Present address: Laboratoire Stress Abiotiques et Différenciation des Végétaux Cultivés, UMR INRA 1281, Bâtiment SN2, Université des Sciences et Technologies de Lille – Lille 1, F-59655 Villeneuve d’Ascq Cedex, France.
Populations of weedy crop–wild hybrid beets show contrasting variation in mating system and population genetic structure
Article first published online: 18 FEB 2010
© 2010 Blackwell Publishing Ltd
Volume 3, Issue 3, pages 305–318, May 2010
How to Cite
Arnaud, J.-F., Fénart, S., Cordellier, M. and Cuguen, J. (2010), Populations of weedy crop–wild hybrid beets show contrasting variation in mating system and population genetic structure. Evolutionary Applications, 3: 305–318. doi: 10.1111/j.1752-4571.2010.00121.x
- Issue published online: 16 APR 2010
- Article first published online: 18 FEB 2010
- Received: 6 December 2009 Accepted: 6 January 2010 First published online: 18 February 2010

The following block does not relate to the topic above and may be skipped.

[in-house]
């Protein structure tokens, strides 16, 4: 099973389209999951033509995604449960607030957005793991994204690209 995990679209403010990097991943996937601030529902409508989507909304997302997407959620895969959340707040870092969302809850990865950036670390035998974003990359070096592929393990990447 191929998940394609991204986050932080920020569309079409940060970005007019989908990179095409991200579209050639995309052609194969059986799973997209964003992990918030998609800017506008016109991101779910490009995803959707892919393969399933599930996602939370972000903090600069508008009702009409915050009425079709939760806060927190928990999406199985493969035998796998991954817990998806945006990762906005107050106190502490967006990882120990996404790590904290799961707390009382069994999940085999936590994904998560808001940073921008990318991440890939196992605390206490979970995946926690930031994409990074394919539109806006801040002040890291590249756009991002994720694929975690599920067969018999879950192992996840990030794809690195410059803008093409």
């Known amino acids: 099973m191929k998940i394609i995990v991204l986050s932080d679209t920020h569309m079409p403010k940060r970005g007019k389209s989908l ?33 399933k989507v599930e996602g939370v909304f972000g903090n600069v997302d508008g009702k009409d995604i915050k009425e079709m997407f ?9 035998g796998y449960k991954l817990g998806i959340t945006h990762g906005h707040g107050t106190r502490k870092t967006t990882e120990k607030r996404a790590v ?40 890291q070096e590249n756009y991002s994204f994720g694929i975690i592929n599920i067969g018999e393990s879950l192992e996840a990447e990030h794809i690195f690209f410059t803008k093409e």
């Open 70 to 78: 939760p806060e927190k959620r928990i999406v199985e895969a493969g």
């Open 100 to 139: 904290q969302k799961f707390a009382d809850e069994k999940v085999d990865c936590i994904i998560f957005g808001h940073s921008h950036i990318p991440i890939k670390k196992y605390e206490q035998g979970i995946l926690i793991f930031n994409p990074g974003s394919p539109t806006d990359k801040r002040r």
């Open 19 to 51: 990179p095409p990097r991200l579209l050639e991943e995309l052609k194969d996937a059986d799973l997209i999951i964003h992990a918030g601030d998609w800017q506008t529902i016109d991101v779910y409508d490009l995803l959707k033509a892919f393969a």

- Beta vulgaris;
- genetic structure;
- invasive species;
- outcrossing rate;
- timing of flowering;
Reproductive traits are key parameters for the evolution of invasiveness in weedy crop–wild hybrids. In Beta vulgaris, cultivated beets hybridize with their wild relatives in the seed production areas, giving rise to crop–wild hybrid weed beets. We investigated the genetic structure, the variation in first-year flowering and the variation in mating system among weed beet populations occurring within sugar beet production fields. No spatial genetic structure was found for first-year populations composed of F1 crop–wild hybrid beets. In contrast, populations composed of backcrossed weed beets emerging from the seed bank showed a strong isolation-by-distance pattern. Whereas gametophytic self-incompatibility prevents selfing in wild beet populations, all studied weed beet populations had a mixed-mating system, plausibly because of the introgression of the crop-derived Sf gene that disrupts self-incompatibility. No significant relationship between outcrossing rate and local weed beet density was found, suggesting no trends for a shift in the mating system because of environmental effects. We further reveal that increased invasiveness of weed beets may stem from positive selection on first-year flowering induction depending on the B gene inherited from the wild. Finally, we discuss the practical and applied consequences of our findings for crop-weed management.